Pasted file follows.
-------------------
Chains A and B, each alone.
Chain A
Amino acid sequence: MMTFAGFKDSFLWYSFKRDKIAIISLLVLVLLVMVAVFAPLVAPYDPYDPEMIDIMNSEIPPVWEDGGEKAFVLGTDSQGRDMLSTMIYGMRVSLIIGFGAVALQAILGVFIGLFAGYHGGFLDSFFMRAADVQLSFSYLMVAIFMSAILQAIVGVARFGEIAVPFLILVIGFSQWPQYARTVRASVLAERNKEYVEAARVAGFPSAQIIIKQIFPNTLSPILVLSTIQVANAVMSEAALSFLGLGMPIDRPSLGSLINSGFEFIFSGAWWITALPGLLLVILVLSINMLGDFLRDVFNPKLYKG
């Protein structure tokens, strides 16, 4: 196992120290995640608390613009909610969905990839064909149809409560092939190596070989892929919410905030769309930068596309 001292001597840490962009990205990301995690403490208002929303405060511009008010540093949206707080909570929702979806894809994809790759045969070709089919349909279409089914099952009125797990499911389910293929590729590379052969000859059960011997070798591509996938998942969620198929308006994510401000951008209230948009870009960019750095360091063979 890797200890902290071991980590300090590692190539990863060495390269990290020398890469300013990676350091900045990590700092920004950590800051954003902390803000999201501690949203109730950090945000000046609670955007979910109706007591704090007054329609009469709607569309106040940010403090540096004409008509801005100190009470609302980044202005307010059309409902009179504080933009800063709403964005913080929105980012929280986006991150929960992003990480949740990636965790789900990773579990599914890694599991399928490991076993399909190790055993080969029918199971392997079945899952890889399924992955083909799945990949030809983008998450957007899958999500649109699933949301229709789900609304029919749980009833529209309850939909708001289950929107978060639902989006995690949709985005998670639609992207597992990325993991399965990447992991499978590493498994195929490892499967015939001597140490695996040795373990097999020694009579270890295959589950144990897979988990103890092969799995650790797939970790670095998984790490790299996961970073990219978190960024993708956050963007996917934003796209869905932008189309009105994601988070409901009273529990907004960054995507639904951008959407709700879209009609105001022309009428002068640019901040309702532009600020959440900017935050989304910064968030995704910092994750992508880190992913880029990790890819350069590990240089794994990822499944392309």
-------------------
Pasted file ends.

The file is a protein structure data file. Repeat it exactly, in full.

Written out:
Chains A and B, each alone.
Chain A
Amino acid sequence: MMTFAGFKDSFLWYSFKRDKIAIISLLVLVLLVMVAVFAPLVAPYDPYDPEMIDIMNSEIPPVWEDGGEKAFVLGTDSQGRDMLSTMIYGMRVSLIIGFGAVALQAILGVFIGLFAGYHGGFLDSFFMRAADVQLSFSYLMVAIFMSAILQAIVGVARFGEIAVPFLILVIGFSQWPQYARTVRASVLAERNKEYVEAARVAGFPSAQIIIKQIFPNTLSPILVLSTIQVANAVMSEAALSFLGLGMPIDRPSLGSLINSGFEFIFSGAWWITALPGLLLVILVLSINMLGDFLRDVFNPKLYKG
């Protein structure tokens, strides 16, 4: 196992120290995640608390613009909610969905990839064909149809409560092939190596070989892929919410905030769309930068596309 001292001597840490962009990205990301995690403490208002929303405060511009008010540093949206707080909570929702979806894809994809790759045969070709089919349909279409089914099952009125797990499911389910293929590729590379052969000859059960011997070798591509996938998942969620198929308006994510401000951008209230948009870009960019750095360091063979 890797200890902290071991980590300090590692190539990863060495390269990290020398890469300013990676350091900045990590700092920004950590800051954003902390803000999201501690949203109730950090945000000046609670955007979910109706007591704090007054329609009469709607569309106040940010403090540096004409008509801005100190009470609302980044202005307010059309409902009179504080933009800063709403964005913080929105980012929280986006991150929960992003990480949740990636965790789900990773579990599914890694599991399928490991076993399909190790055993080969029918199971392997079945899952890889399924992955083909799945990949030809983008998450957007899958999500649109699933949301229709789900609304029919749980009833529209309850939909708001289950929107978060639902989006995690949709985005998670639609992207597992990325993991399965990447992991499978590493498994195929490892499967015939001597140490695996040795373990097999020694009579270890295959589950144990897979988990103890092969799995650790797939970790670095998984790490790299996961970073990219978190960024993708956050963007996917934003796209869905932008189309009105994601988070409901009273529990907004960054995507639904951008959407709700879209009609105001022309009428002068640019901040309702532009600020959440900017935050989304910064968030995704910092994750992508880190992913880029990790890819350069590990240089794994990822499944392309």